Wow is the main word that springs to mind whilst in South Luangwa National Park. I know of no other place on earth where hippos and elephants weave between your tents and munch grass by your ear at night! Thw wildlife was abundant, the safari highlighted that, and all in all it felt like 'the real Africa.'
As for The Book Bus, we had a lovely time with small classes full of polite and enthusiastic children. Books were read then lion masks, dancing giraffes and butterflies were made and the kids fascinated us with stories about the wild animals that visit their villages. It's part of daily life there to be on constant alert for dangerous encounters with lions or elephants it seems. That's their reality and we got to experience that briefly so can now really empathize!
Everyone said the place exceeded their expectations and had an amazing and unique life experience there, and lucky Glen gets to go back soon with the next group!
Tuesday, 27 September 2011
Friday, 16 September 2011
LAKE OF STARS: Yellow Flip-Flops!
Yellow. When you see bright yellow at this year’s festival, it’s likely to be one of the Book Bus team and you can join in. Leading up to the festival we’ll be giving out 10,000 books to the children we work with in Malawi and to celebrate this, the Book Bus will be at the festival with activities and events for you to join in with.
Swap your Flip-Flops. Instead of taking that extra pair of flip-flops, bring a couple of children’s books or some art materials. Donate them at the stand and we’ll be able to pass them on to the local children.
Gosh! Where to start? It was such a wonderful, rewarding experience.
Camping in tents in a secure site (Grubby’s Grotto!) 15 minutes taxi ride from Victoria Falls, I met just two other volunteers on my first week (normally there should be 8) so we were under strength. But as the schools had just returned from their 4-week break, not all the pupils had arrived back: many would have been staying with relatives.
With Sunday to recover from the long flight via Johannesburg, and Monday to prepare a few classes and sort out the bus, we went to Nakatindi Basic School on Tuesday as the schools had used their first day back to clean the classrooms. My first class was a Grade 4 group (age range 11-12) and, after introductions, we read Handa’s Surprise, discussed it and played a game I had prepared. I was relieved to find the children to be pretty responsive and friendly. Nakatindi is one of the poorest schools in the area, receiving no grants from the government, and has recently had a water pump installed for school and village use.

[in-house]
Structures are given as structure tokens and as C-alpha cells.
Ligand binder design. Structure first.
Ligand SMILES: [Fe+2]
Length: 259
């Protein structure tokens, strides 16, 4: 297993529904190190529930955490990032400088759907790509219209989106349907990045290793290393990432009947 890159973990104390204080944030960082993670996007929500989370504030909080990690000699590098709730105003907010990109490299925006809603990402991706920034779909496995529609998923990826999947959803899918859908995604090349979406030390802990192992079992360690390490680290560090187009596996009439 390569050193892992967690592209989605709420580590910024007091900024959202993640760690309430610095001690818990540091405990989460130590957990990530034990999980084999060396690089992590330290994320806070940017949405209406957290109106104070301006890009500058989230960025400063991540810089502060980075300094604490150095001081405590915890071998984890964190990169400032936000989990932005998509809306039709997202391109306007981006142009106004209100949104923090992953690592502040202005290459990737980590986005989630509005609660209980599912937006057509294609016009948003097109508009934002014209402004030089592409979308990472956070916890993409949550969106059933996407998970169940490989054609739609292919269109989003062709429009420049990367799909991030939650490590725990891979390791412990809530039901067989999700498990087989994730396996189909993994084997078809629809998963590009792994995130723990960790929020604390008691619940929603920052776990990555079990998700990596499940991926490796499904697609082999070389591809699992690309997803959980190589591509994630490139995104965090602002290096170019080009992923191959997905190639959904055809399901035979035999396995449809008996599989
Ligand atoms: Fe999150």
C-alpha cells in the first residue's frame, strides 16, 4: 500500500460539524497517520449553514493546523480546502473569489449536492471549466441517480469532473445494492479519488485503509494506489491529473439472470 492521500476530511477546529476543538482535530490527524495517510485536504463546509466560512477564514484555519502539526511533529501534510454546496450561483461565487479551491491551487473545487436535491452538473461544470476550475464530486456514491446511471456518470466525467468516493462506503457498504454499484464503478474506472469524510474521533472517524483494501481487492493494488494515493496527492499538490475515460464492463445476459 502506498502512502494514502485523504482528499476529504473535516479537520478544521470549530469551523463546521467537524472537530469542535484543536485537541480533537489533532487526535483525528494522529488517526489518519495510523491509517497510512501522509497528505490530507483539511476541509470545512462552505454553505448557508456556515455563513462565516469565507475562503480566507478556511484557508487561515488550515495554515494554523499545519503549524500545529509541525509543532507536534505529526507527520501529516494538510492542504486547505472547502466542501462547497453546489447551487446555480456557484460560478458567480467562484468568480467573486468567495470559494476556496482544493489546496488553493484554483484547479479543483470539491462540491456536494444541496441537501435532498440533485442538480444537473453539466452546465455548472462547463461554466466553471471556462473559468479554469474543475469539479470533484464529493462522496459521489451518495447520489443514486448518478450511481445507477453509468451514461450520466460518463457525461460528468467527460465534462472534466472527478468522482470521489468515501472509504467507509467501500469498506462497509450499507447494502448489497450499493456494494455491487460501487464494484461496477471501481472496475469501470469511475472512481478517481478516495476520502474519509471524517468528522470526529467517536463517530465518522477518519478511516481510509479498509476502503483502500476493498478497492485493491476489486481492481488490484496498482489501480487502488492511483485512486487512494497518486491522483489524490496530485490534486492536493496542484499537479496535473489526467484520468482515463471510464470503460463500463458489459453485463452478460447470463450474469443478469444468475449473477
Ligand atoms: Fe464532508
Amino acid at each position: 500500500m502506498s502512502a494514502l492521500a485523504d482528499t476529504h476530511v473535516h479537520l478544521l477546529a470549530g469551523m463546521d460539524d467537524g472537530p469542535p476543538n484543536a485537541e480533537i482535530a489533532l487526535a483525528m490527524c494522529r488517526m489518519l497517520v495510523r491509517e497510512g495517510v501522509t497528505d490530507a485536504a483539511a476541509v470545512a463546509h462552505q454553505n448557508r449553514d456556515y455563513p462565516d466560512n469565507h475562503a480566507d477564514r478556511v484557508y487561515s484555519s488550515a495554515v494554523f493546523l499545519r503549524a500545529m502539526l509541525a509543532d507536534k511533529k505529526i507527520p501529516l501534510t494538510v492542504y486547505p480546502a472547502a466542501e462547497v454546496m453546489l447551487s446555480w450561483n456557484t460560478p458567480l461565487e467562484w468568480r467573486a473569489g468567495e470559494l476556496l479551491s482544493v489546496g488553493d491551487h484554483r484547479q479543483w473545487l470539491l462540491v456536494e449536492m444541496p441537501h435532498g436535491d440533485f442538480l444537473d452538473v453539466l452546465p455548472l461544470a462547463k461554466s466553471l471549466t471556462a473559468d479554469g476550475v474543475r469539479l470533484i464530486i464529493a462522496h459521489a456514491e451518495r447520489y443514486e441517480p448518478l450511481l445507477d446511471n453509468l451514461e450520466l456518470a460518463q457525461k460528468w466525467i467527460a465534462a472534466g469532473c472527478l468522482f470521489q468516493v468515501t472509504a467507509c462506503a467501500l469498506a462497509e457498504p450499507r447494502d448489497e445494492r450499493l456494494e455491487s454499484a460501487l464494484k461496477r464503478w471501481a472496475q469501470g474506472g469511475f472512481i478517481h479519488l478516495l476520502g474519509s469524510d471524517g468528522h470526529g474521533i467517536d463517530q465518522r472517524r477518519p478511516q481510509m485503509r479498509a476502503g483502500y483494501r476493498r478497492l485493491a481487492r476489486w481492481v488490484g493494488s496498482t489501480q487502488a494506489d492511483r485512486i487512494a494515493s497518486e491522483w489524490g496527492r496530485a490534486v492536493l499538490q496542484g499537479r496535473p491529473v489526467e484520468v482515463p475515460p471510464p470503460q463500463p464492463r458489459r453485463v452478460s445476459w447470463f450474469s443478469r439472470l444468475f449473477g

Friday, 2 September 2011
The second two weeks of holiday club have been just as fun and rewarding as the first two. For the third week we visited Zweilopili Centre of Excellence. This is not exactly a school but a centre where children can come and learn for free, they can get tutition or do revision. It also caters for those who have dropped out of school for getting pregnant. We first started coming here last August holidays and it continues to be a big favourite amongst volunteers. It has grown from a couple of grass classrooms to 3 grass and 2 mud and straw classrooms, in that year. (Thanks Bookbus volunteers!!) It is the determination of its founder and the dedication of the volunteer staff that makes it such an inspiring place to come.
We began the week with about 100 kids and ended with 200! I don’t think that any of the volunteers want to see another lion masks, spirally snake or crown again for a very long time!! 180 crowns…that must be some kind of record! The chaos was always present but in a “sort of organised” way. Lots of kids would make something in the first session, run home, take off their name tag, leave their creation and run back and try to be selected for the third session by claiming they only just arrived!! It’s amazing the motivation some paper, crayons, scissors, glue and wool can have!!
Thursday, 1 September 2011
Now it’s school holiday time in
we are doing week long holiday clubs and so far the first two weeks have been amazing. The first week we went to a school, called Chilileko (blessing) right on the outskirts of Livingstone that we have been visiting since the beginning of this year. About 120 pupils turned up everyday which was a great turnout and we had lots of fun, its nice for he volunteers to really get to know a group of kids well, which you can’t do when you are doing a different school everyday! All the teachers came everyday too which showed great commitment as the school is very far from where they live. They were joining it with the crown making, cutting paper people chains and chatting to the volunteers! We set up library corners for the children while they were waiting for their lessons and it was great just to watch them absorbed in the books. Paper maiche made its debut at the school, the older kids really enjoyed it but the little ones just wanted to pinch the balloons!! We had the longest lines ever for a game of “over and under”, thought it was never going to end! And on the Friday we got the glitter out!!! Everyone was covered in green sparkles!! Zambia